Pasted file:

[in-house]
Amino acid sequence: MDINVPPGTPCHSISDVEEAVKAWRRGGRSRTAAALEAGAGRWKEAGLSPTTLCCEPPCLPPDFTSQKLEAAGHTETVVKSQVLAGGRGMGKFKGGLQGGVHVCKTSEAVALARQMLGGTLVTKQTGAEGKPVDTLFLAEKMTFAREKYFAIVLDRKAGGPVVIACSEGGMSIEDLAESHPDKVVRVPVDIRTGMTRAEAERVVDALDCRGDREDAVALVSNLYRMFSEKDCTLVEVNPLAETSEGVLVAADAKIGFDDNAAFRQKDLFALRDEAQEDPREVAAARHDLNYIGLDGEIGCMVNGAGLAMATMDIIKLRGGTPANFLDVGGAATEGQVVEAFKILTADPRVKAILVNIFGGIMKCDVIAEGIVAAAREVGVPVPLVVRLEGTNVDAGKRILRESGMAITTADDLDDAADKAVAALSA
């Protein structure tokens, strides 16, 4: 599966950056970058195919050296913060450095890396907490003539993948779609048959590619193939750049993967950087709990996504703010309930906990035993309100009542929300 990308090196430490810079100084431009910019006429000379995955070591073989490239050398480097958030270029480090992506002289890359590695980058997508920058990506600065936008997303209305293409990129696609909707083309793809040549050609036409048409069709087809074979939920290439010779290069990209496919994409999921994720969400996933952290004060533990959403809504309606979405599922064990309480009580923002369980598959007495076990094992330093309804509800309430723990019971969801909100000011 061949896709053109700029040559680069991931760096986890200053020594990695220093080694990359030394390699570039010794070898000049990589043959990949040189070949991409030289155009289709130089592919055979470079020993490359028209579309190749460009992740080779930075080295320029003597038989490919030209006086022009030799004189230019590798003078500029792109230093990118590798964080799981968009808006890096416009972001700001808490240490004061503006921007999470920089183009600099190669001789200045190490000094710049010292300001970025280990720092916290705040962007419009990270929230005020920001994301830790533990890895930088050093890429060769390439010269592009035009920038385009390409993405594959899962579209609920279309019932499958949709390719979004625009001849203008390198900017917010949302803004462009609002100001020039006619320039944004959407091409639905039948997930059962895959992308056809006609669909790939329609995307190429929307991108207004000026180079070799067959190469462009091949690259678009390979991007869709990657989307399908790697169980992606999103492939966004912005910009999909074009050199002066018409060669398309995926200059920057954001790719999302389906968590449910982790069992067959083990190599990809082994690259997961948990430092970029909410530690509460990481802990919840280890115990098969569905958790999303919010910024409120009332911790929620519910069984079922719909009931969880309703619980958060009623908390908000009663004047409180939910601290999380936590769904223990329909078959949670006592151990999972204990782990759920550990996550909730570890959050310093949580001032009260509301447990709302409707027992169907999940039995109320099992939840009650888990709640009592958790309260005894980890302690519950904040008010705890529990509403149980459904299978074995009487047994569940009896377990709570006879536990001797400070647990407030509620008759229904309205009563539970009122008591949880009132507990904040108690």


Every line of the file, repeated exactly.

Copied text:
[in-house]
Amino acid sequence: MDINVPPGTPCHSISDVEEAVKAWRRGGRSRTAAALEAGAGRWKEAGLSPTTLCCEPPCLPPDFTSQKLEAAGHTETVVKSQVLAGGRGMGKFKGGLQGGVHVCKTSEAVALARQMLGGTLVTKQTGAEGKPVDTLFLAEKMTFAREKYFAIVLDRKAGGPVVIACSEGGMSIEDLAESHPDKVVRVPVDIRTGMTRAEAERVVDALDCRGDREDAVALVSNLYRMFSEKDCTLVEVNPLAETSEGVLVAADAKIGFDDNAAFRQKDLFALRDEAQEDPREVAAARHDLNYIGLDGEIGCMVNGAGLAMATMDIIKLRGGTPANFLDVGGAATEGQVVEAFKILTADPRVKAILVNIFGGIMKCDVIAEGIVAAAREVGVPVPLVVRLEGTNVDAGKRILRESGMAITTADDLDDAADKAVAALSA
């Protein structure tokens, strides 16, 4: 599966950056970058195919050296913060450095890396907490003539993948779609048959590619193939750049993967950087709990996504703010309930906990035993309100009542929300 990308090196430490810079100084431009910019006429000379995955070591073989490239050398480097958030270029480090992506002289890359590695980058997508920058990506600065936008997303209305293409990129696609909707083309793809040549050609036409048409069709087809074979939920290439010779290069990209496919994409999921994720969400996933952290004060533990959403809504309606979405599922064990309480009580923002369980598959007495076990094992330093309804509800309430723990019971969801909100000011 061949896709053109700029040559680069991931760096986890200053020594990695220093080694990359030394390699570039010794070898000049990589043959990949040189070949991409030289155009289709130089592919055979470079020993490359028209579309190749460009992740080779930075080295320029003597038989490919030209006086022009030799004189230019590798003078500029792109230093990118590798964080799981968009808006890096416009972001700001808490240490004061503006921007999470920089183009600099190669001789200045190490000094710049010292300001970025280990720092916290705040962007419009990270929230005020920001994301830790533990890895930088050093890429060769390439010269592009035009920038385009390409993405594959899962579209609920279309019932499958949709390719979004625009001849203008390198900017917010949302803004462009609002100001020039006619320039944004959407091409639905039948997930059962895959992308056809006609669909790939329609995307190429929307991108207004000026180079070799067959190469462009091949690259678009390979991007869709990657989307399908790697169980992606999103492939966004912005910009999909074009050199002066018409060669398309995926200059920057954001790719999302389906968590449910982790069992067959083990190599990809082994690259997961948990430092970029909410530690509460990481802990919840280890115990098969569905958790999303919010910024409120009332911790929620519910069984079922719909009931969880309703619980958060009623908390908000009663004047409180939910601290999380936590769904223990329909078959949670006592151990999972204990782990759920550990996550909730570890959050310093949580001032009260509301447990709302409707027992169907999940039995109320099992939840009650888990709640009592958790309260005894980890302690519950904040008010705890529990509403149980459904299978074995009487047994569940009896377990709570006879536990001797400070647990407030509620008759229904309205009563539970009122008591949880009132507990904040108690």